- Graduate Students
The core curriculum provides all students with an integral foundation in the sciences basic to medicine, emphasizing contemporary topics in biological chemistry, transfer of genetic information, cellular architecture and regulation, and multicellular systems and processes, as well as an ethics course on the responsible conduct of science. Students should complete the core requirements in one year to 18 months, but no later than two years after admission. More details about the GSBS Core Course Curriculum can be found here.
This course focuses on the use of chemical approaches to answer fundamental questions in biology. Topics include post-translational modifications, chemical synthesis and modification of biopolymers, combinatorial chemistry, chemical genetics, rational drug design, ligand-receptor interactions, and the fundamentals of fluorescence (Spring, 3 credits).
The goal of this course is to give students a strong foundation in physical principles that underlie the thermodynamic and mechanistic properties of biological macromolecules and macromolecular complexes. In addition to providing theoretical background, lectures and discussion groups will focus on the application of physical chemical principles in contemporary biomedical research. Topics will include spectroscopic and computational approaches to studying protein and nucleic acid structures, thermodynamics and kinetics of protein folding, the solution behavior of macromolecules and principles that govern molecular recognition (Fall, 3 credits).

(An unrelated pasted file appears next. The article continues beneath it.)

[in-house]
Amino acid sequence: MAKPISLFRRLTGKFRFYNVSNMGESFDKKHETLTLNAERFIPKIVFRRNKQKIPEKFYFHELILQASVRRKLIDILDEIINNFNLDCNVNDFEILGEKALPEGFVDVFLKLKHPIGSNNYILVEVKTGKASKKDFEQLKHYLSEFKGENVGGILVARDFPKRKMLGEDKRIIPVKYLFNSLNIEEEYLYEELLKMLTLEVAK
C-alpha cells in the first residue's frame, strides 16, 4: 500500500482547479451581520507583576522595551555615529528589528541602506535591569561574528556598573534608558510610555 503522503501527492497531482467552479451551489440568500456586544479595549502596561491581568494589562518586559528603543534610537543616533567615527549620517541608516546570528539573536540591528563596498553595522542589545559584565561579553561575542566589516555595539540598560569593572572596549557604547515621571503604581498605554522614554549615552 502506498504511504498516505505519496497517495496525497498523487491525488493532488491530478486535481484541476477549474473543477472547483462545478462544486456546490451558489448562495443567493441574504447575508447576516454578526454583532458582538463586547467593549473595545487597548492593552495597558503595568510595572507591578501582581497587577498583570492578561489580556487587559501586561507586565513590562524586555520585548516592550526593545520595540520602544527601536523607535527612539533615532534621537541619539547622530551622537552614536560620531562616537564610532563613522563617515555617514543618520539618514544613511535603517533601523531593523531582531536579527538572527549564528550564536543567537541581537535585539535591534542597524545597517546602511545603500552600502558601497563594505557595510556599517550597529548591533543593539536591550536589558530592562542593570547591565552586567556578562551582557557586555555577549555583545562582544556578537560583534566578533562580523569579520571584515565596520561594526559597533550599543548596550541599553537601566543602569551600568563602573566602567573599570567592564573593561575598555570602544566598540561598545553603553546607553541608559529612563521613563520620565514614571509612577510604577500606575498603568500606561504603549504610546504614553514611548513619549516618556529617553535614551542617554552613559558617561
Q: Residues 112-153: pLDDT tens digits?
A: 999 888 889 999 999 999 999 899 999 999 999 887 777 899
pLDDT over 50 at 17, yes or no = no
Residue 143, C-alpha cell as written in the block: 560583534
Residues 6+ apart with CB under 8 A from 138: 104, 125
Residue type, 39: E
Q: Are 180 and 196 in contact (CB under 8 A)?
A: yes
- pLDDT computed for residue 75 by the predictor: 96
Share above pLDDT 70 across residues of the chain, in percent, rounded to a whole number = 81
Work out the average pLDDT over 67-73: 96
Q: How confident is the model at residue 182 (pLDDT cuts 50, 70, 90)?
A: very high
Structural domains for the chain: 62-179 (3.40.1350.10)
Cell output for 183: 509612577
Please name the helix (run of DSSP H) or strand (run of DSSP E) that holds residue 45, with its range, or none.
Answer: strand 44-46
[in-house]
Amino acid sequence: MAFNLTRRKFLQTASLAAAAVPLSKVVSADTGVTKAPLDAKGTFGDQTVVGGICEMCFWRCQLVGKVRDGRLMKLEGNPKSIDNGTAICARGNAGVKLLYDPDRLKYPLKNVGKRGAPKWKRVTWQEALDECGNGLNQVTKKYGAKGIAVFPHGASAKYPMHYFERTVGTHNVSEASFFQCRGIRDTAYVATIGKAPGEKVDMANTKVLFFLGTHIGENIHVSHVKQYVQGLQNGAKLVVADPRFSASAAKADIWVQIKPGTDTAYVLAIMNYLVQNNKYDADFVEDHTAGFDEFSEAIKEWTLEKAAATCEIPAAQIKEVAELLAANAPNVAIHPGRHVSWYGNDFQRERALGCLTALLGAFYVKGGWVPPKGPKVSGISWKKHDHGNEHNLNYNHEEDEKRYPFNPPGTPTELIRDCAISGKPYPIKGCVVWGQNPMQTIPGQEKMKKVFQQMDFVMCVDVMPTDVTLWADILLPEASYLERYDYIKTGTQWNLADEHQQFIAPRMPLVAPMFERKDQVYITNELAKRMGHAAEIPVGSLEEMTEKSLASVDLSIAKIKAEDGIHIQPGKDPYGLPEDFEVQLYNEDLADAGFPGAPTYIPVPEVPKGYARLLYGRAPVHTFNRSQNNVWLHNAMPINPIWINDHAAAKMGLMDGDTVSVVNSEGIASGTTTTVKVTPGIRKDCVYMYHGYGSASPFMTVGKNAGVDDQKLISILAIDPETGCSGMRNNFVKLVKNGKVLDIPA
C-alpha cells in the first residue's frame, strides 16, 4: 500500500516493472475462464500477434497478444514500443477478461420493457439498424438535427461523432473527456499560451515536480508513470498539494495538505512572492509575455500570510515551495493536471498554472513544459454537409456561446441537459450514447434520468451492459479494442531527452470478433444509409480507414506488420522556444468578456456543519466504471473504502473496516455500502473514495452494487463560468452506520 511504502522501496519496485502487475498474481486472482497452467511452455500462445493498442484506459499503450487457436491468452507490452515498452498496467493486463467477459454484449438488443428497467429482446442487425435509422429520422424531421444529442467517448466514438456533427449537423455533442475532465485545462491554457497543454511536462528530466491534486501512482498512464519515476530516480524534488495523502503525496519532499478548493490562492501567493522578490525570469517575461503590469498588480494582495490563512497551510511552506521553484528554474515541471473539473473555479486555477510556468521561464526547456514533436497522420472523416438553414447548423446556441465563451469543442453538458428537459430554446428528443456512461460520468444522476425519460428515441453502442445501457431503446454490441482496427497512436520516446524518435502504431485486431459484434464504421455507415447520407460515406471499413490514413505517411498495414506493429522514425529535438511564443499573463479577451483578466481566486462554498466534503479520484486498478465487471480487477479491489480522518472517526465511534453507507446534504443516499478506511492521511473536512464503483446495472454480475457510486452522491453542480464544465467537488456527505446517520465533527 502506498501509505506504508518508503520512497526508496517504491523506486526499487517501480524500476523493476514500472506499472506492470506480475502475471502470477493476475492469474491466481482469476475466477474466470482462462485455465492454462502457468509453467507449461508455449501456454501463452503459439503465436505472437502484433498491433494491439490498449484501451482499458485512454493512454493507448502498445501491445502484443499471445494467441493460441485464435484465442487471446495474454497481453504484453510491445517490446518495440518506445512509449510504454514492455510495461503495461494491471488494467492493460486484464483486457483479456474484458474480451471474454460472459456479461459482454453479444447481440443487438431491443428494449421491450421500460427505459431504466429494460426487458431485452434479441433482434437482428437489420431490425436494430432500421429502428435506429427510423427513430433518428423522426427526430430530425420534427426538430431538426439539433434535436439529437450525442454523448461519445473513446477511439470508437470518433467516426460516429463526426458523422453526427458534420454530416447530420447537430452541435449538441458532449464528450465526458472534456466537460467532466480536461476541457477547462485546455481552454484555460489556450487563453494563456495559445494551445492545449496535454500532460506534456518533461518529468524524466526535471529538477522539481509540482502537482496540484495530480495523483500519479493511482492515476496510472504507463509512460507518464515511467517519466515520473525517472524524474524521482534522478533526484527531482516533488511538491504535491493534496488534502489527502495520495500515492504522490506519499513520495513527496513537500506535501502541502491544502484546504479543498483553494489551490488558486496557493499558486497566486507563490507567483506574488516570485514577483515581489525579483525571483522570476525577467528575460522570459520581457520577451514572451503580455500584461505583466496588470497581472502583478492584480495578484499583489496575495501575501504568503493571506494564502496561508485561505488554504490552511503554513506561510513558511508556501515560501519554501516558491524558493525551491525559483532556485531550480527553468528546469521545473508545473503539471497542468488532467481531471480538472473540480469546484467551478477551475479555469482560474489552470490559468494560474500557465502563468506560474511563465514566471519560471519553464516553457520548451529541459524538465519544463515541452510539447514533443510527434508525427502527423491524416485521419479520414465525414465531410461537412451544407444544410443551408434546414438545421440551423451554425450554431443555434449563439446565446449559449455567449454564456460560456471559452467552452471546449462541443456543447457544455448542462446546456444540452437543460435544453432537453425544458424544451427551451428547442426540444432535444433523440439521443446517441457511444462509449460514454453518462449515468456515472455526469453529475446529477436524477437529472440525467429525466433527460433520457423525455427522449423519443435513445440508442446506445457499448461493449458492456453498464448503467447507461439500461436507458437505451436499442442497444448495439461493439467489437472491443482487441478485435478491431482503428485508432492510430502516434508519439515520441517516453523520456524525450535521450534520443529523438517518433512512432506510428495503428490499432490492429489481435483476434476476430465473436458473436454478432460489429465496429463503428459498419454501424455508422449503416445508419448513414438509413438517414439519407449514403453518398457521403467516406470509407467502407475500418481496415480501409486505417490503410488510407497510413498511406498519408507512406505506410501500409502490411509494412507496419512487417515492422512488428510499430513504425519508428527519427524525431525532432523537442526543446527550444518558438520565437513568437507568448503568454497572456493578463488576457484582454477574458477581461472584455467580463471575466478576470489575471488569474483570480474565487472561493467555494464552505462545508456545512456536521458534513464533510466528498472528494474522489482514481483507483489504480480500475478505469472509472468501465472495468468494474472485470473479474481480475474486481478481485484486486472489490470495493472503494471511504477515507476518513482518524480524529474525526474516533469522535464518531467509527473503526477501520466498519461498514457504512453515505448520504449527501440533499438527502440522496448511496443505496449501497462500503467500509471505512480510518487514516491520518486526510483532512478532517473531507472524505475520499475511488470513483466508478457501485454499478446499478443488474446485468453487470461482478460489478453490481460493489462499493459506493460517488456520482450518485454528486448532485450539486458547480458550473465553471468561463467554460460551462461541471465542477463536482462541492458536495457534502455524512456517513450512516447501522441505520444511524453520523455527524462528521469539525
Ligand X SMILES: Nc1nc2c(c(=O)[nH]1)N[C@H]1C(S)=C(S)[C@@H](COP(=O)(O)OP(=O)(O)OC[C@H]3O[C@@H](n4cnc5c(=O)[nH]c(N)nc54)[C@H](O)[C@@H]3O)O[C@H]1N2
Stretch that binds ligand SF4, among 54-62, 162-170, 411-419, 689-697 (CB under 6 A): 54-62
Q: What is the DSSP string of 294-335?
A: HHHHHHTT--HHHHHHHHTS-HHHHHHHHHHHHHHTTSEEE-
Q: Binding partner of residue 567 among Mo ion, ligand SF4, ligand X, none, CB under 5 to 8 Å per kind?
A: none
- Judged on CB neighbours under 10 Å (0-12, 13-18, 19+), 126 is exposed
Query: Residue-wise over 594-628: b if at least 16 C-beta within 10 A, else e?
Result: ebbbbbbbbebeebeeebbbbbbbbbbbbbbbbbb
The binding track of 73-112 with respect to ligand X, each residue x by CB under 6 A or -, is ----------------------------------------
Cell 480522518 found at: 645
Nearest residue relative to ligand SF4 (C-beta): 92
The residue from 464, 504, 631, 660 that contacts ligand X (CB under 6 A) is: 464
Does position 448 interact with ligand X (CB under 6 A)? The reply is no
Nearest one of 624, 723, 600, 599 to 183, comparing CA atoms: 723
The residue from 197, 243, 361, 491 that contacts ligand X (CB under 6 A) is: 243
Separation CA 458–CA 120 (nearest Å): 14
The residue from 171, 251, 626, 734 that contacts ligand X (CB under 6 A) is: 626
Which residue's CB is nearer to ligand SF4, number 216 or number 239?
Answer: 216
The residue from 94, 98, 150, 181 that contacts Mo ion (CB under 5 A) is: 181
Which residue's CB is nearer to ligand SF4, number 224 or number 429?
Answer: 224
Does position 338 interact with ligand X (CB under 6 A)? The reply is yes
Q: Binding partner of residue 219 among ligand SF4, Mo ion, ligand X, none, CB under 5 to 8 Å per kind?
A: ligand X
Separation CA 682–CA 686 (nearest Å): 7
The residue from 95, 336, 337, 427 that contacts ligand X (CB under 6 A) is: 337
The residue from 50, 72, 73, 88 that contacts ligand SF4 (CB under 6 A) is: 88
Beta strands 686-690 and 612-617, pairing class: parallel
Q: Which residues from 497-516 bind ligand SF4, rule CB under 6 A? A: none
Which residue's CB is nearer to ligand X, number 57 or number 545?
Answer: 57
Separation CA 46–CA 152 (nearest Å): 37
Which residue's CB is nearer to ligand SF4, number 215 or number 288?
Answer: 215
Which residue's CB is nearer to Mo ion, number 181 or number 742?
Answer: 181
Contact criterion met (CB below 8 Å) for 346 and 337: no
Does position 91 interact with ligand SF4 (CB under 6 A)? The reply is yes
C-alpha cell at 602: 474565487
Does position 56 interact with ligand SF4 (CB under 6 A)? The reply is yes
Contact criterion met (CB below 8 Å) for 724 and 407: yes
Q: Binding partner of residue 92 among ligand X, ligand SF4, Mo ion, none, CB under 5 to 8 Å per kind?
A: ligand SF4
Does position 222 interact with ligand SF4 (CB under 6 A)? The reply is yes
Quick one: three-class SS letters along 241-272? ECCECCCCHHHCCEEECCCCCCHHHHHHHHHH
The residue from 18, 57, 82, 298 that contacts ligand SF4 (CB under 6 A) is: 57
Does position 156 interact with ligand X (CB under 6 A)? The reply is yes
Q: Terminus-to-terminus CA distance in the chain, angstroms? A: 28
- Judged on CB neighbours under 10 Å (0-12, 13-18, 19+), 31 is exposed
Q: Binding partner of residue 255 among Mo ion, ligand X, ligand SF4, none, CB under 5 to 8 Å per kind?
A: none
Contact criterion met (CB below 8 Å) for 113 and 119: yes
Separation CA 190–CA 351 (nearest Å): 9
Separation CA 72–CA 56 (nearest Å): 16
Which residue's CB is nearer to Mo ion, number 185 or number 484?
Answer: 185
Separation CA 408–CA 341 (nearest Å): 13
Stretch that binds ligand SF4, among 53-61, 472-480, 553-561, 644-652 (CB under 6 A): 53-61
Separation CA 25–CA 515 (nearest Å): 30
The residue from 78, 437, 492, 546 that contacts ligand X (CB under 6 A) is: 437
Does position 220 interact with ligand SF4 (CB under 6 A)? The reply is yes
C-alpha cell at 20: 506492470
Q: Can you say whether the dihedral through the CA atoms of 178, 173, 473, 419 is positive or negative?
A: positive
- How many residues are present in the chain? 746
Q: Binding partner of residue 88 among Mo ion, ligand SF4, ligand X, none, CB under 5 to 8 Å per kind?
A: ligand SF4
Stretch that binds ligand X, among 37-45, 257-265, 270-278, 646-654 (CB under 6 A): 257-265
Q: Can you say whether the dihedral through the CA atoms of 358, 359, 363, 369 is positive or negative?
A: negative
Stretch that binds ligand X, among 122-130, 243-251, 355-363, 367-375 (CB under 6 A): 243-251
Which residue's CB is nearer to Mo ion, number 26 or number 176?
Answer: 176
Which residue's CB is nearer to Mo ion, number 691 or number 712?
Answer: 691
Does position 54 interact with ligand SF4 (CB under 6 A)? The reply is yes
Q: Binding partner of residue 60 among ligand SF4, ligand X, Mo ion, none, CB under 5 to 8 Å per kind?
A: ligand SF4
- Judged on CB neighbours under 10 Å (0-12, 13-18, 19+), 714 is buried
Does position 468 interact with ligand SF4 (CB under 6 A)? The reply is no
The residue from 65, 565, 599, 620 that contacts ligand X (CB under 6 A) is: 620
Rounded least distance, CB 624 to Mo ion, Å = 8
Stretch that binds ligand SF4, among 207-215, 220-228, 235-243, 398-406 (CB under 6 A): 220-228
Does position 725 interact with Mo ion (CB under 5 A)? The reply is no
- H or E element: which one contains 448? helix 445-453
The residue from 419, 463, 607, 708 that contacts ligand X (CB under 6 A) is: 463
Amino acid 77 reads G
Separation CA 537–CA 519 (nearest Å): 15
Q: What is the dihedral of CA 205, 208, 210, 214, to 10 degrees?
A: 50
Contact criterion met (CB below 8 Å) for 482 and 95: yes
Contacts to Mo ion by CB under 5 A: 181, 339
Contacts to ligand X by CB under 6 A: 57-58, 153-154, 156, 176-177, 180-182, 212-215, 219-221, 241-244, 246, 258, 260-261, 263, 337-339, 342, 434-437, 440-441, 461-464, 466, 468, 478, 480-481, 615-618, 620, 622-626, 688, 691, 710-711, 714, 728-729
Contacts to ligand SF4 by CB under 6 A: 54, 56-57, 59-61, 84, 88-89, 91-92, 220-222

The goal of this course is to provide students with a theoretical and practical understanding of techniques used to determine the three-dimensional structures of biological macromolecules. The primary methods explored will be X-ray crystallography and Nuclear Magnetic Resonance, but alternative approaches will also be discussed. Emphasis will be placed on both structural determination and analysis of dynamics, which can be crucial for macromolecular function (Spring [odd years], 2 credits).
This advanced topics course covers current research in the general area of RNA biology. Topics may include RNA synthesis, modification and processing pathways, RNA structure, RNA transport and subcellular localization, translational regulation, RNAi and microRNAs, RNA decay, RNA aptamers, RNA catalysts, RNA and early evolution, and RNA as a drug and/or drug target. The format of this course will center on group discussion of papers from the primary literature(Fall [odd years], 2 credits).